For many hospitals the business of saving lives doesn't stop for a blizzard. Some procedures such as transplants can't be put on hold. But when airports, highways and neighborhoods are crippled by snow, the process of organ allocation can take an unexpected turn.
That's what happened at one local hospital and it changed the life of a frail, but determined patient.
For Charlotte Wilkens, the storm was a Godsend.
"Without it, it's possible I would not be here with this new heart, this new gift and I am grateful," Wilkens told ABC7.
Coronary artery disease was ravaging Wilkens' vessels and arteries. She survived heart attacks and bypass surgeries but her heart muscle was failing.
"You cant really live a normal life because you are limited," said Wilkens.
But her case was complicated. Just under 5 feet and barely 100 pounds, the petite West Sider didn't have many options. Her only hope was a transplant. But the chances of that happening were slim. Even though her heart could stop at any time, she was still way down on the transplant list because so many others were considered sicker than she was.
"The odds of someone, a heart falling that far down the list is almost zero," said Dr. Robert Love, cardiac thoracic surgeon, Loyola University Medical Center.
This is where the luck of nearly two feet of snow comes in.
Dr. Love says it was Wednesday morning as the blizzard was still in its heaviest phase when the Loyola transplant team got word of a donor heart available in the northern suburbs. He says many others wanted it, but due to the weather they simply could not get to it. It was the right size and blood type for Wilkens. Technically, she was number 100 on the list. And then suddenly she became number 1.
"It's fairly likely this would be the only opportunity for Charlotte to be transplanted," said Wilkens.
Loyola doctors decided it was worth the risk to send a team after the heart. Chicago firefighter Michael McGrath received the call. He works part-time with Aerocare, a company that delivers and transport organs. But just hours earlier he was in the thick of the storm working as a firefighter and helping stranded motorists. So he knew the roads might be bad and timing would be crucial.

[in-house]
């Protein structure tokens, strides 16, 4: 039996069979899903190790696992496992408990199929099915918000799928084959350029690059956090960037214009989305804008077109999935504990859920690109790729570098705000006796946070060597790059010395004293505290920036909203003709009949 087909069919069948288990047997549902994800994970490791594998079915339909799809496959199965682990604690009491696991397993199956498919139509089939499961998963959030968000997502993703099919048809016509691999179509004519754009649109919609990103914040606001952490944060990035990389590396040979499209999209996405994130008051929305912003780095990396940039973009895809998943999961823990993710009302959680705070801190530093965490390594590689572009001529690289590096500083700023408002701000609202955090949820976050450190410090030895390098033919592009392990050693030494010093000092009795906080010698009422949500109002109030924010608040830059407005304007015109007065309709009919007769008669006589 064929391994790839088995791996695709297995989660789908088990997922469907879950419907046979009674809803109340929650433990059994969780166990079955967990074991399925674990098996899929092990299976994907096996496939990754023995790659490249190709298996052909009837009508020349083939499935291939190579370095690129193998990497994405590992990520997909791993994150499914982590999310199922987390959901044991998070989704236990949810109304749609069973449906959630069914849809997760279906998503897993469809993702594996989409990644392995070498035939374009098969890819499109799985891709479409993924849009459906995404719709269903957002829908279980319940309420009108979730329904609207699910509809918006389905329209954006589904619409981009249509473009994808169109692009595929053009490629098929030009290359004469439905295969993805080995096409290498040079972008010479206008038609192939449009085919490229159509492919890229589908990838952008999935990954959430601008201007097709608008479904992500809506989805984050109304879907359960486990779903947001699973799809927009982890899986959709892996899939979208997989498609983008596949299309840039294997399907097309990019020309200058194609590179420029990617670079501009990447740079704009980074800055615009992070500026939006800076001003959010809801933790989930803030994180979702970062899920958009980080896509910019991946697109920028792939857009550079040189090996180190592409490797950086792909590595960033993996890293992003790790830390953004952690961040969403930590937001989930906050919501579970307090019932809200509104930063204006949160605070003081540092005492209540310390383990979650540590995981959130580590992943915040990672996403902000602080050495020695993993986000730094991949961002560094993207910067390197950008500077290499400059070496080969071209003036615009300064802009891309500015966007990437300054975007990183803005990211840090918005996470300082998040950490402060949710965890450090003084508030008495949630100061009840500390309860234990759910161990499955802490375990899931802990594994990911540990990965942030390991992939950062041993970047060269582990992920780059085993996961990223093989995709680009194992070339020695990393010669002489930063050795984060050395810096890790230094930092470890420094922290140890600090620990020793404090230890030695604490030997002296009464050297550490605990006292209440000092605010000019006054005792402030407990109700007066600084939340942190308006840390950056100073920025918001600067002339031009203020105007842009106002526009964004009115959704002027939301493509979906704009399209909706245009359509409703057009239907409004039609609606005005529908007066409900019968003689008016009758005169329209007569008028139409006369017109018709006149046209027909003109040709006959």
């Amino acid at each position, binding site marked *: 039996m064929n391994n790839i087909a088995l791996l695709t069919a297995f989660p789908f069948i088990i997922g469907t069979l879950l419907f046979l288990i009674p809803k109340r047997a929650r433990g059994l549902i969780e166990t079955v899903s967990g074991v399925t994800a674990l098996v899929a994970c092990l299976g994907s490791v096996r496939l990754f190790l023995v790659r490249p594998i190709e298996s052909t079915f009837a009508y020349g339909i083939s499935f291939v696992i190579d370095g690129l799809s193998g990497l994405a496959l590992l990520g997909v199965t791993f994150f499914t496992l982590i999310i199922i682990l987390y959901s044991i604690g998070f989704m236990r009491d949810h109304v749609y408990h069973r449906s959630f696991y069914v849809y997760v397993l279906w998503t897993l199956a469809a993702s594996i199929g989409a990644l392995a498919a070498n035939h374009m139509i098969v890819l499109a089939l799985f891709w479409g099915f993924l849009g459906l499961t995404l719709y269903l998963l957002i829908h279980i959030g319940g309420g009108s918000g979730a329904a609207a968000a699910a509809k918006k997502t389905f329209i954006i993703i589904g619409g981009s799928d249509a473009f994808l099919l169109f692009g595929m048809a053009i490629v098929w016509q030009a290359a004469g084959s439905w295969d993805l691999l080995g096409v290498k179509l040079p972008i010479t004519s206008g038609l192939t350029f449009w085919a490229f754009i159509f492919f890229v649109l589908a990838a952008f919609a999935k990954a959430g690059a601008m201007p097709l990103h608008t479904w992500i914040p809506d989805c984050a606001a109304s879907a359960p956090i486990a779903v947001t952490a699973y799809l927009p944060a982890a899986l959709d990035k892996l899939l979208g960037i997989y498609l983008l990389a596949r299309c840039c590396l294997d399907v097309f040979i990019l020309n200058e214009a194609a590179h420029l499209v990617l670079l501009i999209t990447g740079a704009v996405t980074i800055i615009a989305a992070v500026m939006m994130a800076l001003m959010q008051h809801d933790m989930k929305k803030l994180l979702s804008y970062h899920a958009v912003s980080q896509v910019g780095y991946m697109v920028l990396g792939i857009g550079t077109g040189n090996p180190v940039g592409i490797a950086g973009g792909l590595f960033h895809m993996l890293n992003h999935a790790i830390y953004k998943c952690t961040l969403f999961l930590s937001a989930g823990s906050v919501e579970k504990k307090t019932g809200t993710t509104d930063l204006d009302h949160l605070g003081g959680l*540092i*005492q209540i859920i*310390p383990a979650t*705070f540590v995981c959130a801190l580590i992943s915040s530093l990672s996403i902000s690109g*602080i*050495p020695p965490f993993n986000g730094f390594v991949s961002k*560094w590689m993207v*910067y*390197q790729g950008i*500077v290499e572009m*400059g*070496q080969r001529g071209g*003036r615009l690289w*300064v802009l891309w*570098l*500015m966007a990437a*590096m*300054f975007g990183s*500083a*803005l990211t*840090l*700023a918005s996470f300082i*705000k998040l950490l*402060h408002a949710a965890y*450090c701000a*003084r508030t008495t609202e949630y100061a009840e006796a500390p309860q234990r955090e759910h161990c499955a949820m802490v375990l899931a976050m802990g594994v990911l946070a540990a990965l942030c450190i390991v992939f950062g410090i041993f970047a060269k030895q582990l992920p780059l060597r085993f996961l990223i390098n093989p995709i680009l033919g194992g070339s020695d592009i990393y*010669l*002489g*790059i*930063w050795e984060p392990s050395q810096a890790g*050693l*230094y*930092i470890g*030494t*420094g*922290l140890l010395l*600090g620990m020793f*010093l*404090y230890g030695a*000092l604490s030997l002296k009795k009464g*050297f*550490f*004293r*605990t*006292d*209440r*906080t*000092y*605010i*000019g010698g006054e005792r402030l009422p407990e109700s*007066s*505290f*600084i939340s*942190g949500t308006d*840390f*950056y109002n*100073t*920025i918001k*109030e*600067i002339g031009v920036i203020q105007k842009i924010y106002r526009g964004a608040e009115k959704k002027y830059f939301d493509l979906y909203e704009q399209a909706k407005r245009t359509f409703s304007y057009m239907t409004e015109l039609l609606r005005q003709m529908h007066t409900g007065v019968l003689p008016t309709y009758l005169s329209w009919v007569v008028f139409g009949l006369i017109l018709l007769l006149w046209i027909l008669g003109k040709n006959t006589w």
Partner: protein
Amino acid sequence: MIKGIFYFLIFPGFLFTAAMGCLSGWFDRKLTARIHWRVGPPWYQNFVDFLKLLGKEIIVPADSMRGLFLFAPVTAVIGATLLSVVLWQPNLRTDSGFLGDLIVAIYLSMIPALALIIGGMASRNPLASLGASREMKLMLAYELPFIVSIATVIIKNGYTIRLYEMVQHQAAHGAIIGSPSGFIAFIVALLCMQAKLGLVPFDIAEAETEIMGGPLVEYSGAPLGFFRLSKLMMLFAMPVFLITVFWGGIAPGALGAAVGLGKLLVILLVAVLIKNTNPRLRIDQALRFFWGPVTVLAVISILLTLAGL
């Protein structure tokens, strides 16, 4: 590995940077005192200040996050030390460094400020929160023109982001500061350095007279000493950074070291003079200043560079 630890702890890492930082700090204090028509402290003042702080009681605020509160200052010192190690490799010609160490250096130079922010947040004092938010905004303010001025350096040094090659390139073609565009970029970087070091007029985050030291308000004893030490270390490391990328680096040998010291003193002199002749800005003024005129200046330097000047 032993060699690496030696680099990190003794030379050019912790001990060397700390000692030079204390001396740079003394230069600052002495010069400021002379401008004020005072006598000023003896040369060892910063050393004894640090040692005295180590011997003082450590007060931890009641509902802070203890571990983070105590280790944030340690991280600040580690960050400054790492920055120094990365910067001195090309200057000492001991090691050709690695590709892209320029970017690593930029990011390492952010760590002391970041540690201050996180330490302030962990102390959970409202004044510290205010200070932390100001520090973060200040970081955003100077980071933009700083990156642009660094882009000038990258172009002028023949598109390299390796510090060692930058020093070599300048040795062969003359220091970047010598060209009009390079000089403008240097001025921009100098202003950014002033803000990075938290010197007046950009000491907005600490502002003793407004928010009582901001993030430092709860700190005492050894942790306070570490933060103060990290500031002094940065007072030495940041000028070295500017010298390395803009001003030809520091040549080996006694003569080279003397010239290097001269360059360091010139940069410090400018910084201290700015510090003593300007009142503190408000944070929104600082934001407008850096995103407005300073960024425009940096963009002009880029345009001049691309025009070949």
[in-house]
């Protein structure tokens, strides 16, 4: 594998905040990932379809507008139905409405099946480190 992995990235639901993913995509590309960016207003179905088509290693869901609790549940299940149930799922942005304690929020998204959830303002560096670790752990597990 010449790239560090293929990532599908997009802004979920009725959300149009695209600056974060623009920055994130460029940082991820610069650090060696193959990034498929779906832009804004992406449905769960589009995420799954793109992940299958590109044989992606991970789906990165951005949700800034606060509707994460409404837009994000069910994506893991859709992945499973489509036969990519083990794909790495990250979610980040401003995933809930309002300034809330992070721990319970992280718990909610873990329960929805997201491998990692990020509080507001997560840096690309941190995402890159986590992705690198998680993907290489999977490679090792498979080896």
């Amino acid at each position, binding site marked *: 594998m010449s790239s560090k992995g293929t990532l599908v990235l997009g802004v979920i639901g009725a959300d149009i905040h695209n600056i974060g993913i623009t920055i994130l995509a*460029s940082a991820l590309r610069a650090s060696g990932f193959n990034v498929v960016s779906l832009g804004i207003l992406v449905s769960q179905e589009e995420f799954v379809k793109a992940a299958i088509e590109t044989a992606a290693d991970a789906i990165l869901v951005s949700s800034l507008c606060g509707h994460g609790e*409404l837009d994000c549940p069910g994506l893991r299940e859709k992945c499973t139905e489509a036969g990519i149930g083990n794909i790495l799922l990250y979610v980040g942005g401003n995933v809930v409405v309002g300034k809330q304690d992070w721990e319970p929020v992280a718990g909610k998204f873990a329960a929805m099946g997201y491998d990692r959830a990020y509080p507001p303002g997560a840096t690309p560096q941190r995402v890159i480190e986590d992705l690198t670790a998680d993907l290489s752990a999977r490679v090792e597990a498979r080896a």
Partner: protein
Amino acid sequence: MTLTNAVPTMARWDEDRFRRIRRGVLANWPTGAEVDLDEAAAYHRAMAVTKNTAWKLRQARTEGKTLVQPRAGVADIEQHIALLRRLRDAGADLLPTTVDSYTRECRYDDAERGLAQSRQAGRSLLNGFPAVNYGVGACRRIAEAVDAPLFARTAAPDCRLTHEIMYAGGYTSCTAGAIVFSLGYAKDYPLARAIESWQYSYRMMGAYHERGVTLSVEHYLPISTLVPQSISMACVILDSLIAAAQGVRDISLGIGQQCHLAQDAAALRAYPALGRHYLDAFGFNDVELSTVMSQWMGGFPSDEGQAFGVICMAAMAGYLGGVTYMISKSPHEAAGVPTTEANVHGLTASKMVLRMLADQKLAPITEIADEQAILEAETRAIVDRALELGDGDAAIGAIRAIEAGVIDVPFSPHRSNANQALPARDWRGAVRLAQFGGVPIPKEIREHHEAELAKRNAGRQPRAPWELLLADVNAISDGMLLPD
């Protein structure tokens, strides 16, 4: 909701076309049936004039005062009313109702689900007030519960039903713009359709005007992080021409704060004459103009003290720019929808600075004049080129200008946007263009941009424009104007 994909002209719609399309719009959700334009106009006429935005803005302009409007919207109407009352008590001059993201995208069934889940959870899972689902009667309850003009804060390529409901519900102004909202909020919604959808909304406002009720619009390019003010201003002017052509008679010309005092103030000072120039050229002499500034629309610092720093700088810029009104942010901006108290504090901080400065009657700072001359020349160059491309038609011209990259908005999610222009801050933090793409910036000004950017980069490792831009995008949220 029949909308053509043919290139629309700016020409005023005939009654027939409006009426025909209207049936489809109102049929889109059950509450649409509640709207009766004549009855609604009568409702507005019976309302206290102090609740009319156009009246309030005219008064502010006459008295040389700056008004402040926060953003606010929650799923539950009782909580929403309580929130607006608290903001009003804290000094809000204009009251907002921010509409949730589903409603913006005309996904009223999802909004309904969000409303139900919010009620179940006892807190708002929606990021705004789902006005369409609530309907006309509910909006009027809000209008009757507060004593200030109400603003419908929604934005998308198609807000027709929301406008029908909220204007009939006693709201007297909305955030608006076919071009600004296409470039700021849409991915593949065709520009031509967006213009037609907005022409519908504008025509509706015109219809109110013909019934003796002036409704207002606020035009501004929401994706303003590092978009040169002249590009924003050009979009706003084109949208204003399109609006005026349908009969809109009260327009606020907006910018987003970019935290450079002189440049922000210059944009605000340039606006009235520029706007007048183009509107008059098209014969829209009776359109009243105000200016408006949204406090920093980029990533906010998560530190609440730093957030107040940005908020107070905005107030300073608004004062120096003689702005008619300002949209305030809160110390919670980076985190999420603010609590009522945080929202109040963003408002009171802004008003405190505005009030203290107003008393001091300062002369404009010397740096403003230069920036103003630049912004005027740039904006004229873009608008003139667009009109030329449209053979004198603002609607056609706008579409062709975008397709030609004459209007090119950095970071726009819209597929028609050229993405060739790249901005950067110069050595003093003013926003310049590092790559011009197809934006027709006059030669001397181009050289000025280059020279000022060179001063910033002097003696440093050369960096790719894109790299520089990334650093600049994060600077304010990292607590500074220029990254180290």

"The roads were still pretty messed up right around the hospital so but we just had to go a little slower on the way," said McGrath.
Meanwhile, Wilkens got a call she never expected. A heart was available could she get to Loyola from her Chicago home in three hours. The street was unplowed and their car was buried.
"We tried police, ambulance, private ambulance, fire department, all said the same thing they ain't plowed the street yet, we can't get down," said Leonard Wilkens, husband.
Finally, a family friend offered his truck, but she would have to trek trough the snow about 100 yards to meet the driver. In her condition a walk like that was a challenge.
"Snow was up above her knee. Every time I tried to pick her up she started hollering I can walk," said Leonard Wilkens.
She made it and doctors who worked round the clock say the surgery was a success.
Charlotte Wilkens will never forget the Blizzard of 2011 and all those responsible for her second chance at life.
"My precious donor may not be here but the heart lives on in me, so I am eternally grateful," said Wilkens.
Doctors say she gets stronger each day and is making progress. Wilkens says she realizes she never would have gotten this heart if someone had not died. She is awed by the family's gift and hopes to one day thank them in person.
Gift of Hope - Organ & Tissue Donor Network
United Network for Organ Sharing (UNOS) is the private, non-profit organization that manages the U.S. organ